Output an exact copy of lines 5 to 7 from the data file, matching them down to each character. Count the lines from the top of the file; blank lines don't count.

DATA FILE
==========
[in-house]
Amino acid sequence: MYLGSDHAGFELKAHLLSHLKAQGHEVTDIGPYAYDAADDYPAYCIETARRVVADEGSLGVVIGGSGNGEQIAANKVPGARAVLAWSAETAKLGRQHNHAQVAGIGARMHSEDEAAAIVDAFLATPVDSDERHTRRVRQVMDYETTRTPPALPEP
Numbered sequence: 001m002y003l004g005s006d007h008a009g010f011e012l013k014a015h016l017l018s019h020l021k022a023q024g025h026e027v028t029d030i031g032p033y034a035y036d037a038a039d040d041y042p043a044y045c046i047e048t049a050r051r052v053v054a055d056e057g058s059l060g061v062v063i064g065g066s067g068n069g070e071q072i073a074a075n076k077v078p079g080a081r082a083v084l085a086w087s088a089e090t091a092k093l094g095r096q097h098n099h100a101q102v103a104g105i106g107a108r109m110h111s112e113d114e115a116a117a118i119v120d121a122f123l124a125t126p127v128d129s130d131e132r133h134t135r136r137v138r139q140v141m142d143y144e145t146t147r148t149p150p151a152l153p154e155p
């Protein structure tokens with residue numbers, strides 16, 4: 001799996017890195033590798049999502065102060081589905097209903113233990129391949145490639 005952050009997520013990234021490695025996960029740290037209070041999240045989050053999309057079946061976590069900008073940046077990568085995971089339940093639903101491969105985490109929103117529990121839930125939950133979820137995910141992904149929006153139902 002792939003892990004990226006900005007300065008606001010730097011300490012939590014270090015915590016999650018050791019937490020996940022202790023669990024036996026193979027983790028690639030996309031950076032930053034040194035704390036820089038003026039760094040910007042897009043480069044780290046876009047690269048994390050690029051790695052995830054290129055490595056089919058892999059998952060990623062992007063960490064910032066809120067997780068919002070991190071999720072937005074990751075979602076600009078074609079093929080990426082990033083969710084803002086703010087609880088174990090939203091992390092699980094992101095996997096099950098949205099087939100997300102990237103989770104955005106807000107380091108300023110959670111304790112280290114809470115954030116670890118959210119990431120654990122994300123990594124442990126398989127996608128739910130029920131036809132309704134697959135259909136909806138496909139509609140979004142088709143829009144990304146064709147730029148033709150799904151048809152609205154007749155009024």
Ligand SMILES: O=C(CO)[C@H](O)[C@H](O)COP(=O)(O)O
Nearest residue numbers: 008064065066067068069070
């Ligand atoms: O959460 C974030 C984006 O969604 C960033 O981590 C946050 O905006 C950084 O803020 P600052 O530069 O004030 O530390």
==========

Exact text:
Ligand SMILES: O=C(CO)[C@H](O)[C@H](O)COP(=O)(O)O
Nearest residue numbers: 008064065066067068069070
């Ligand atoms: O959460 C974030 C984006 O969604 C960033 O981590 C946050 O905006 C950084 O803020 P600052 O530069 O004030 O530390």